In the decade between 1880 and 1890 the new art style became virtually a universal cult, which like all universal cults soon acquired the character of academicism.While the style had its origin in certain refined compositional mannerisms of pre-Raphaelite idyllism, these mannerisms took on different meanings in the various national cultures adopting them. What in England was regarded as an elegant, quasi-Neo-Classical idiom, with potentialities of bringing a restrained and aristocratic tastefulness to the design of objects either of luxury or common utility, became in the Germanic countries an esthetic mystique, which was in turn fed back as theory and jargon throughout the cult, ultimately dominating the new schools and studios of practically all of the arts. The principal and most obvious formal tenet of the new esthetic was that a non-regular, but dynamically composed curvilinear syntax constituted “organic form”—as exemplified in plants, vines, the course of rivers, the female body and the contours of rolling hills and wavy seas. Plant forms in particular were studied, and in this connection Goethe’s somewhat mystical form theories concerning an archetypal plant, or creatively evolving plant idea, tangibly visible in countless transformations, were readily seized upon as supportive of the new esthetics. It must be noted, however, that the new esthetic was anti-realistic; in other words, the spirit of nature was to be dramatized by a stylistic simplification and exaggeration of broad sweeping curvilinear rhythms. People readily saw “old” applications of the “new” principle in ancient Chinese scroll depictions of mountains and oceans, in the curves of Greek vases, and in the flowing lines of classical drapery. It was in this era that the words “rhythmic” and “flowing” became the ubiquitous cliches of professional estheticians. Beauty was a kind of limpid orderly fluidity.

It was also in this era that there arose a conscious striving for a rationale in which esthetic principles of all of the arts could be formulated as having a common foundation. By an easy verbal analogy, “rhythm” and “flow” in music were equated with “rhythm” and “flow” in graphic design, and these were presumed to be basic organizational principles rooted in man’s continuity with Nature, and therefore intuitive to that true “creative awareness” which could be interchangeably realized in any of the pure or applied arts. Terpsichoreans paced around drapery-laden stages in tunics and togas, improvising “free-form, flowing, expressive gestures” then styled “Modern Dance,” the choreographic form, par excellence, of Art Nouveau.

That the different elements of a graphic composition or of a manufactured object were most economically and beautifully harmonious when their contours flowed into one another with curvilinear sequences and symmetry was practically a dictum. (So taken for granted were such notions at the time, that even when the scholarly Professor Rhys Carpenter wrote his “Esthetic Basis of Greek Art” in 1921, he was in fact merely elaborating another rationale of the formal esthetics of Art Nouveau—somewhat fortuitously applied to Greek antiquities.)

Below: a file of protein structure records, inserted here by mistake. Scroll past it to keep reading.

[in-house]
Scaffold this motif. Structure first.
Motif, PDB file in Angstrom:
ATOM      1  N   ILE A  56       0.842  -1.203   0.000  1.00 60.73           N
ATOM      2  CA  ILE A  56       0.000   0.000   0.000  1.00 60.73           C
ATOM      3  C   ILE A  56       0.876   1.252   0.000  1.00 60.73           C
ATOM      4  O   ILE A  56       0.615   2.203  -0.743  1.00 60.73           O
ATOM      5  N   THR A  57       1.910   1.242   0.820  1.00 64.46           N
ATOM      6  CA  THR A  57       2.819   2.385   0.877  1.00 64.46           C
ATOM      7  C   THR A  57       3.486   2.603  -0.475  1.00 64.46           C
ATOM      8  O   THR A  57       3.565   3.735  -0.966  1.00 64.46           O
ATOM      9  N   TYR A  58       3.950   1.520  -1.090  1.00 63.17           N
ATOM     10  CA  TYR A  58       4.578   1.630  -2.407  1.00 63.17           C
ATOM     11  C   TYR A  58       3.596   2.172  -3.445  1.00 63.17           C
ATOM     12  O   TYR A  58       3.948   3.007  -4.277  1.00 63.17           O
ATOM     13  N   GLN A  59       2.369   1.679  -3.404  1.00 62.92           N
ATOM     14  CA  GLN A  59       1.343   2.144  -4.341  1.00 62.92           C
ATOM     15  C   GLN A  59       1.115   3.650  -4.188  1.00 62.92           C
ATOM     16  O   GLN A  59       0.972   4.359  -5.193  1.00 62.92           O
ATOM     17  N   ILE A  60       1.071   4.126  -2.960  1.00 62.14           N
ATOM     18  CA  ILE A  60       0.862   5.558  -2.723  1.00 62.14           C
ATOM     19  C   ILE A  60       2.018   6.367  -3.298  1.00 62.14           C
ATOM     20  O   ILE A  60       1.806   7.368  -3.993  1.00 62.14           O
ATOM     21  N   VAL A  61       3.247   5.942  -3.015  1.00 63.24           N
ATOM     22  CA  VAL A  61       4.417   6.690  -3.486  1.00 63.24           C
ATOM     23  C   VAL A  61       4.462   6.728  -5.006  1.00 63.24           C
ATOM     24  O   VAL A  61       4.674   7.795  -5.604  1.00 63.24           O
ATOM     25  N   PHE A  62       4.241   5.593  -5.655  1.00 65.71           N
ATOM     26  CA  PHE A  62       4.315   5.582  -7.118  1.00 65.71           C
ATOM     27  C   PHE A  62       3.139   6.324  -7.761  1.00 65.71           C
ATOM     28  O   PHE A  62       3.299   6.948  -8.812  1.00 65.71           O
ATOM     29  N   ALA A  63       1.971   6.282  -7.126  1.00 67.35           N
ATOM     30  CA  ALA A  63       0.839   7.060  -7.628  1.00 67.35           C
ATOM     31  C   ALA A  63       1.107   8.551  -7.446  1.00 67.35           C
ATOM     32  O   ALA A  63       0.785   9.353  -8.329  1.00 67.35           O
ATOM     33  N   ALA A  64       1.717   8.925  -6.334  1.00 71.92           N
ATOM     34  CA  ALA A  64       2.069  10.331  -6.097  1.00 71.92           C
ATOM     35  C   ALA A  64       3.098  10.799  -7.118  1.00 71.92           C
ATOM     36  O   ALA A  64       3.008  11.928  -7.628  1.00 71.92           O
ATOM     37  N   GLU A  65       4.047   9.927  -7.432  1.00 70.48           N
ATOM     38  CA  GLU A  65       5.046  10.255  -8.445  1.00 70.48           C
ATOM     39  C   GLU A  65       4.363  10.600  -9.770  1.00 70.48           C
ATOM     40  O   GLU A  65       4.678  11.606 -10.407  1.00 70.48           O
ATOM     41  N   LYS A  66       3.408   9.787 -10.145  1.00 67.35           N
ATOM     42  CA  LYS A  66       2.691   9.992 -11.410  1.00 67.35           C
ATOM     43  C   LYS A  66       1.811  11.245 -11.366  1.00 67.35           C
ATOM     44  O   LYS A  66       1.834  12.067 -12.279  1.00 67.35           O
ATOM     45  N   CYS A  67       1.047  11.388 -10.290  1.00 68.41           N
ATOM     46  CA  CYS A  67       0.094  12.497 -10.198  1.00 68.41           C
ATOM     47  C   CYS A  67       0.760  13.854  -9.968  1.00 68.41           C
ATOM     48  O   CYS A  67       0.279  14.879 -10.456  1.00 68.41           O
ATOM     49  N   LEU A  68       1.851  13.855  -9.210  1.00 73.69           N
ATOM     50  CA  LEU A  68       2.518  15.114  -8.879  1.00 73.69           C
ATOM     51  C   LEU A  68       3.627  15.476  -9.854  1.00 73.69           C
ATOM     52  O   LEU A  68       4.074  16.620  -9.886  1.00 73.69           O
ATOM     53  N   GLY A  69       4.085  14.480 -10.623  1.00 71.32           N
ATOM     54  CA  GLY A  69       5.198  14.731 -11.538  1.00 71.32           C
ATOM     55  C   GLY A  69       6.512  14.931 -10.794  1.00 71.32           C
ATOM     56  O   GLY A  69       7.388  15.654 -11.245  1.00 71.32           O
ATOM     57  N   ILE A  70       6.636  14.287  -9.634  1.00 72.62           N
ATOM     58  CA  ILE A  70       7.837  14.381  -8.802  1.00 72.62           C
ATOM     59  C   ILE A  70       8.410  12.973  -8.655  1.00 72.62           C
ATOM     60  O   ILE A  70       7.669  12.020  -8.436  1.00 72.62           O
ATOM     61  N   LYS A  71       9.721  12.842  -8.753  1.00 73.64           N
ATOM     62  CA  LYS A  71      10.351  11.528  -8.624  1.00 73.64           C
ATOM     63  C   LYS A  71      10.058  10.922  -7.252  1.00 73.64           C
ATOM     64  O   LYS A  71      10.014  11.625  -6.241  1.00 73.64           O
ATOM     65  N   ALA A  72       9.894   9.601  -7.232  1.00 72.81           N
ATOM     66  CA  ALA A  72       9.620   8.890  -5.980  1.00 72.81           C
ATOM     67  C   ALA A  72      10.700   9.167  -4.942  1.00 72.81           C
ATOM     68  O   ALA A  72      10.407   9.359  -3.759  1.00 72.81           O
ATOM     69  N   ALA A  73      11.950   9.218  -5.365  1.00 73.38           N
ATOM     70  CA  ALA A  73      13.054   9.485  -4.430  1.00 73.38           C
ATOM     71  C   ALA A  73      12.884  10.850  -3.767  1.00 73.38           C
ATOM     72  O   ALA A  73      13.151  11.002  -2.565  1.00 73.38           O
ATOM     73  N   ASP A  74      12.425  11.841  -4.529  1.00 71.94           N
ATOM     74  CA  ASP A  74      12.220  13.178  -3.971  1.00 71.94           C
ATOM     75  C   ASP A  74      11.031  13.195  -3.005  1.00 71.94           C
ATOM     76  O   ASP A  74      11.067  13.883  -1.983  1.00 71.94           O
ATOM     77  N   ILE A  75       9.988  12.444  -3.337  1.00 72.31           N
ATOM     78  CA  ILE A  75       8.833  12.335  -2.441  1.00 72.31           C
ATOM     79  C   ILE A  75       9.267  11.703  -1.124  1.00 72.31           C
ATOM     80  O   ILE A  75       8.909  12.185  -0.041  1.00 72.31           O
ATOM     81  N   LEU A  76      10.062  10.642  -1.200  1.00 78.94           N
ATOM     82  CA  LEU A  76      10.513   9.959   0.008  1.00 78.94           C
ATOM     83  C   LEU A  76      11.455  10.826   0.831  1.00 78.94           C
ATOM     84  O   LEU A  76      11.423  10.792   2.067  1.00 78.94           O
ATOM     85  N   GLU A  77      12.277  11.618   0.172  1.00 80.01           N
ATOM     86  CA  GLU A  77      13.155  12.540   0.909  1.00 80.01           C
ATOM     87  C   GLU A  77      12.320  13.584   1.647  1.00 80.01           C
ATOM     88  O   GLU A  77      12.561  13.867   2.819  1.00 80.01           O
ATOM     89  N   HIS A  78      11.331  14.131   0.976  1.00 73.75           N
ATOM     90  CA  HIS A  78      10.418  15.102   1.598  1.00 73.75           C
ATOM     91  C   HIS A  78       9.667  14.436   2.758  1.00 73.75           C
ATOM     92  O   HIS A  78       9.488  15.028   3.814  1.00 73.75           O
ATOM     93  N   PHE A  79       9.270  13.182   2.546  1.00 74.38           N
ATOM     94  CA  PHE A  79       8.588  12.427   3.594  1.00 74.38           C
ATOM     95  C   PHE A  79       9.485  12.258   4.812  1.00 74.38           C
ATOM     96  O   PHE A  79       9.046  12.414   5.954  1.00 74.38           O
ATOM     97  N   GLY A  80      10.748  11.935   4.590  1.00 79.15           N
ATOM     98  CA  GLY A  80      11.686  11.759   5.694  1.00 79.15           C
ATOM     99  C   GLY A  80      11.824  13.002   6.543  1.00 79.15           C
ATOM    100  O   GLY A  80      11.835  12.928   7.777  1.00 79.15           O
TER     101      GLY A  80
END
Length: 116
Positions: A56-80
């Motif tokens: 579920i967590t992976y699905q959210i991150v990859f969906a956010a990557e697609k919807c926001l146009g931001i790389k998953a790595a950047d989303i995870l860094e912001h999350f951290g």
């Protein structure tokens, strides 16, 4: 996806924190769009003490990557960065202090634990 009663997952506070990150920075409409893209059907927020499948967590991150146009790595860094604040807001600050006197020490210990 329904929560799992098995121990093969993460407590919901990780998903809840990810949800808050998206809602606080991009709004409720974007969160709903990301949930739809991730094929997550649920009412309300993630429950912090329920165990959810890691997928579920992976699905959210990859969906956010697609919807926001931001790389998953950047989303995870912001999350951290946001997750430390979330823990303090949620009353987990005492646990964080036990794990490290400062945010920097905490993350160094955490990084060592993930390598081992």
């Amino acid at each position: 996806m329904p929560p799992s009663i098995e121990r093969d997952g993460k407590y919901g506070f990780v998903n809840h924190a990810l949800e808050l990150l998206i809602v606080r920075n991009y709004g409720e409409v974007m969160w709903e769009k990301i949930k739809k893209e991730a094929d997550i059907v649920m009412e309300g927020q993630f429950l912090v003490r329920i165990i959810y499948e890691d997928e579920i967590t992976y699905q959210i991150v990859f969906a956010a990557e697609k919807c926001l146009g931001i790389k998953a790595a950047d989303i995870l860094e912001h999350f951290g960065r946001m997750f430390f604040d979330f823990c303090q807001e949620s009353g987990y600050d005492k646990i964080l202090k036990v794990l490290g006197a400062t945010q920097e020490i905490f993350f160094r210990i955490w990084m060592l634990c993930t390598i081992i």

The more extreme Goethean nature-mysticism developments of Jugendstil were to be found in the abstract plant studies of Henri van de Velde (strikingly paralleled in the fantasy landscapes of the American artist, Arthur Dove) and in the astonishing freeform carved wooden columns and branch-like vaulting of the first Goetheanum built in 1913 by the eccentric and versatile Goethean esotericist, Rudolf Steiner, for his art and “anthroposophical” cult center in Dornach, Switzerland, and unfortunately destroyed by fire in 1922.

In much of the German literary art philosophizing of the period all of the currents of fin-de-siecle Europe—health cults, newly imported exotic artistic and mystical concepts from Russia and the Orient, Goethean nature mysticism, Wagnerian unification of the arts, the consolidation of arts and technology, ideas from the then-novel and little understood Viennese depth psychology, “free love,” and the basic ideals (and, therefore, not the formal protocol) of middle-class morality (Ibsen’s thesis)—had to be swept into one all-encompassing world outlook in which the disparate elements flowed into one another with a curvilinear syntax analogous to the compositional procedures of Jugendstil. Such literature was not an avant-garde intellectual criticism (as is today often supposed) but reflected the spontaneously evolving “avant-bourgeois” popular freethinking of the period (often free, one might observe, of even a semblance of logical connection or analytic discrimination among its eclectic ingredients).